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The Great Lester: Ventriloquism's Renaissance Man: by David Erskine Foreword by Jeff Dunham Paperback – June 23, 2013
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About the Author
David Erskine, a retired thru-freight conductor for the Union Pacific Railroad Co., is recognized as being an eclectic ventriloquial performer, historian, collector, author, and coach—as well as being a student of creativity and comedy. He has been on the entertainment scene since 1955 and has contributed stories to magazines, books, and websites. He has self-published histories of ventriloquists and ventriloquism. Additionally, in 2009 he wrote Margaret's Music Is Her Life Story as told to David Erskine. Margaret Kiwiet lived through one of the most horrifying times in modern history, but her story is filled with love and joy throughout. The book is available at LuLu.com. and Amazon.com. He is currently developing a CD, The Collector's Voice by David Erskine—a digital look at the folk art of collecting in the ventriloquists' world. He and his wife, Marie, a retired director of critical care nursing, live in Fort Worth, Texas. David Erskine gains great joy by "putting people on with a puppet." At a young age it seemed like a natural thing for him to do. Still it is always a special experience when his ventriloquial figure, Ronny Darnay, comes to life in Erskine's imagination and his right hand. Ronny resembles a McElroy figure named Ezry that was used by Rudy Vallee. This figure is now known as Jeff Dunham's Ollie, a name Erskine suggested to Jeff when he first saw the figure in 1984. At the Arlington Heights High School Reunion, Class of 1960, held October 16, 2010 in Fort Worth, Ronny Darnay was chosen as "The Least-Changed 1960 Graduate." AHHS is also Erskine's alma mater. Erskine also graduated from Texas Wesleyan College with a major in speech-drama and a minor in journalism.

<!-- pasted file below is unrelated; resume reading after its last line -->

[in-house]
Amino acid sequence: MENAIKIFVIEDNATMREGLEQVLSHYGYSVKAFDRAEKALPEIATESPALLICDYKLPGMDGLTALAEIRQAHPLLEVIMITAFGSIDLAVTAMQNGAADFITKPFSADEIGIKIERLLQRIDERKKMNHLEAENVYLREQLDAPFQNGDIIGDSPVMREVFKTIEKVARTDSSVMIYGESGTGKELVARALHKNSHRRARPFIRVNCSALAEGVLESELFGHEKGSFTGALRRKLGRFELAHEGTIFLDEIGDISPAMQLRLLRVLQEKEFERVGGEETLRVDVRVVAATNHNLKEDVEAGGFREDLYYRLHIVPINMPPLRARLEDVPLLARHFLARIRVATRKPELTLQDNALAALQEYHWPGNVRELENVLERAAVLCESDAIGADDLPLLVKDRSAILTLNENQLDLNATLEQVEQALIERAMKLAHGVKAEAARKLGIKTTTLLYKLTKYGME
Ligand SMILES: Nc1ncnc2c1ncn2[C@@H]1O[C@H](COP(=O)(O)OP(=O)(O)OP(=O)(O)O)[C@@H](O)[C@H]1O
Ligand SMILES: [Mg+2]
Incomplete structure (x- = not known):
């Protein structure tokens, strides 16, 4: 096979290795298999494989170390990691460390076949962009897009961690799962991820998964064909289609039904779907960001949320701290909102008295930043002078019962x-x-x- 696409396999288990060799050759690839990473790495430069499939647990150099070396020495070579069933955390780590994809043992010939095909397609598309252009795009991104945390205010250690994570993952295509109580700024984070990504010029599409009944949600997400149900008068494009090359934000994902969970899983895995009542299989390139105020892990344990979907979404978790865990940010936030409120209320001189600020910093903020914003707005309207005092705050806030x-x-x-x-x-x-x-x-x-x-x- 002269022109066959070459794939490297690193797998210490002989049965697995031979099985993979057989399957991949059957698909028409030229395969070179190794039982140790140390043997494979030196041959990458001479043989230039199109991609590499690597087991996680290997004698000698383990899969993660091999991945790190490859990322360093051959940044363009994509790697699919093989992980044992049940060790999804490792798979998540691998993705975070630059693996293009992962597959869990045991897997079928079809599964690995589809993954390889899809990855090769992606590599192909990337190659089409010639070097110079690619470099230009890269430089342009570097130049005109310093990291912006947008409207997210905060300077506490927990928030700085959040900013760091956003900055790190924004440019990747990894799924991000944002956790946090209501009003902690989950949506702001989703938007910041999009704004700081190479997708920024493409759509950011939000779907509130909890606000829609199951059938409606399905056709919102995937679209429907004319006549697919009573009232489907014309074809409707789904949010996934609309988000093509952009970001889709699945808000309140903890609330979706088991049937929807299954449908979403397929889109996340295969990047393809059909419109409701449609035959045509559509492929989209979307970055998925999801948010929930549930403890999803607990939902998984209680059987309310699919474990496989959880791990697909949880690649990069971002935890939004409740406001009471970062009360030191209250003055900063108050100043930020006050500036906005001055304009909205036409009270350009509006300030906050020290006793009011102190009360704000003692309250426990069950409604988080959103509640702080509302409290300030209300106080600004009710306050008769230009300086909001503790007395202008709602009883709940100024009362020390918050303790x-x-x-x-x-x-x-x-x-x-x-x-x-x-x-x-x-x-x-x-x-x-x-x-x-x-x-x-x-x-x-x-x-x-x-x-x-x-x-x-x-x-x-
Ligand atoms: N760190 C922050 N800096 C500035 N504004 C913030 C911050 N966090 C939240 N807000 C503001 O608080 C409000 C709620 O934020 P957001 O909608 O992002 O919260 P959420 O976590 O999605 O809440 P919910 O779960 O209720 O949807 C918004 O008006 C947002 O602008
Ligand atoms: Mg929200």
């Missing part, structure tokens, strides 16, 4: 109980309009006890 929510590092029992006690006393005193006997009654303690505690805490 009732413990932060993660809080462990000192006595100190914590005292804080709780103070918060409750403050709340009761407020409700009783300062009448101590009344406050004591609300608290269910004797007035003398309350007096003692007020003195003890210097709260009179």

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Consider that Harry Lester developed his talents and honed his skills during vaudeville and the age of silent films. It was a time well before the wonder of electronics that we all enjoy. There were no special effects, no smoke, no mirrors, and no surround sound - not as we know them today. There was only talent, raw unadulterated talent. There was only one man with a figure, his alter ego.
The author, David Erskine, mentioned the year as around 1946 when Lester moved to Hollywood from San Francisco. Lester opened a studio where he taught both novice and professional ventriloquists. Edgar Bergen was one of Lester's students and probably the most well-known of all. The greatest praise I can offer is to say that I wish I had been there. I wish I could have seen his genius and witnessed the growth of his talents. I wish I could have been a fly on the wall as he mixed with many of the truly creative minds of his time. Lester excelled in, and possessed profound knowledge, or proficiency in more than one field. He was, in every sense of the word, a Renaissance man. His love, his passion, his skill and the knowledge that he poured into his life's work have transcended the generations. You absolutely must add The Great Lester to your library and count it among your favored reads.